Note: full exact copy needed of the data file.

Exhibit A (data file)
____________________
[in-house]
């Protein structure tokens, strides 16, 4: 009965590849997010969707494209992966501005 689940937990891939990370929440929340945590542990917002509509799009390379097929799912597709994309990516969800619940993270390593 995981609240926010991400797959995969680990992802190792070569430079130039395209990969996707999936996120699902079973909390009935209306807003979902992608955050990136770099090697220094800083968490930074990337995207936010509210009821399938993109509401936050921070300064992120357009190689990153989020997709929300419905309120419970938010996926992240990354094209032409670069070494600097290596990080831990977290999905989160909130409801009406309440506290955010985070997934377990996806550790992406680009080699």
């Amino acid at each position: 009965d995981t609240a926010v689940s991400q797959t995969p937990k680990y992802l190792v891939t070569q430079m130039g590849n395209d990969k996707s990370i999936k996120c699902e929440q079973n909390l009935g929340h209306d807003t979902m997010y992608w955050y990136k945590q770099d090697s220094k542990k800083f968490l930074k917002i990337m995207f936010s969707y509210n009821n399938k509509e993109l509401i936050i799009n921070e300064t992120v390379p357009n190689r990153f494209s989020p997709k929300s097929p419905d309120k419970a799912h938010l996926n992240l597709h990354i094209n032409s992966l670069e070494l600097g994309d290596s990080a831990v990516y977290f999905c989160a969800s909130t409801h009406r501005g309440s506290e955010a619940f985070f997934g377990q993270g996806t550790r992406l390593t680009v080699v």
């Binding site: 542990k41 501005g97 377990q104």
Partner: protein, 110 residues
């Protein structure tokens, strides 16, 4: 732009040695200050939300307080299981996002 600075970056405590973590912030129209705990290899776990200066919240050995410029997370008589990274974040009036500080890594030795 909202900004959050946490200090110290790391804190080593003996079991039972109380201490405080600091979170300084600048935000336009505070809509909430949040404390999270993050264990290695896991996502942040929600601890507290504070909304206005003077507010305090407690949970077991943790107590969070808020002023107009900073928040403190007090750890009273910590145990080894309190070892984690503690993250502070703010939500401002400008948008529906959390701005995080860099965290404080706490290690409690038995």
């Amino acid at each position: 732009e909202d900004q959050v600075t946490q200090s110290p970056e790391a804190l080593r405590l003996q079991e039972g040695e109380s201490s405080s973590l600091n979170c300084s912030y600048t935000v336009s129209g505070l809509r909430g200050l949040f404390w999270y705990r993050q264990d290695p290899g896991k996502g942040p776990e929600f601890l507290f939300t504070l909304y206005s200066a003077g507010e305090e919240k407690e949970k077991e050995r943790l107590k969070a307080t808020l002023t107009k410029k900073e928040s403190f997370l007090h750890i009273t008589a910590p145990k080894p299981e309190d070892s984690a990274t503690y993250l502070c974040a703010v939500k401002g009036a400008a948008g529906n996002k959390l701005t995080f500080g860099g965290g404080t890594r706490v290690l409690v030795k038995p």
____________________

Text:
[in-house]
């Protein structure tokens, strides 16, 4: 009965590849997010969707494209992966501005 689940937990891939990370929440929340945590542990917002509509799009390379097929799912597709994309990516969800619940993270390593 995981609240926010991400797959995969680990992802190792070569430079130039395209990969996707999936996120699902079973909390009935209306807003979902992608955050990136770099090697220094800083968490930074990337995207936010509210009821399938993109509401936050921070300064992120357009190689990153989020997709929300419905309120419970938010996926992240990354094209032409670069070494600097290596990080831990977290999905989160909130409801009406309440506290955010985070997934377990996806550790992406680009080699």
């Amino acid at each position: 009965d995981t609240a926010v689940s991400q797959t995969p937990k680990y992802l190792v891939t070569q430079m130039g590849n395209d990969k996707s990370i999936k996120c699902e929440q079973n909390l009935g929340h209306d807003t979902m997010y992608w955050y990136k945590q770099d090697s220094k542990k800083f968490l930074k917002i990337m995207f936010s969707y509210n009821n399938k509509e993109l509401i936050i799009n921070e300064t992120v390379p357009n190689r990153f494209s989020p997709k929300s097929p419905d309120k419970a799912h938010l996926n992240l597709h990354i094209n032409s992966l670069e070494l600097g994309d290596s990080a831990v990516y977290f999905c989160a969800s909130t409801h009406r501005g309440s506290e955010a619940f985070f997934g377990q993270g996806t550790r992406l390593t680009v080699v």
């Binding site: 542990k41 501005g97 377990q104």
Partner: protein, 110 residues
């Protein structure tokens, strides 16, 4: 732009040695200050939300307080299981996002 600075970056405590973590912030129209705990290899776990200066919240050995410029997370008589990274974040009036500080890594030795 909202900004959050946490200090110290790391804190080593003996079991039972109380201490405080600091979170300084600048935000336009505070809509909430949040404390999270993050264990290695896991996502942040929600601890507290504070909304206005003077507010305090407690949970077991943790107590969070808020002023107009900073928040403190007090750890009273910590145990080894309190070892984690503690993250502070703010939500401002400008948008529906959390701005995080860099965290404080706490290690409690038995």
């Amino acid at each position: 732009e909202d900004q959050v600075t946490q200090s110290p970056e790391a804190l080593r405590l003996q079991e039972g040695e109380s201490s405080s973590l600091n979170c300084s912030y600048t935000v336009s129209g505070l809509r909430g200050l949040f404390w999270y705990r993050q264990d290695p290899g896991k996502g942040p776990e929600f601890l507290f939300t504070l909304y206005s200066a003077g507010e305090e919240k407690e949970k077991e050995r943790l107590k969070a307080t808020l002023t107009k410029k900073e928040s403190f997370l007090h750890i009273t008589a910590p145990k080894p299981e309190d070892s984690a990274t503690y993250l502070c974040a703010v939500k401002g009036a400008a948008g529906n996002k959390l701005t995080f500080g860099g965290g404080t890594r706490v290690l409690v030795k038995p």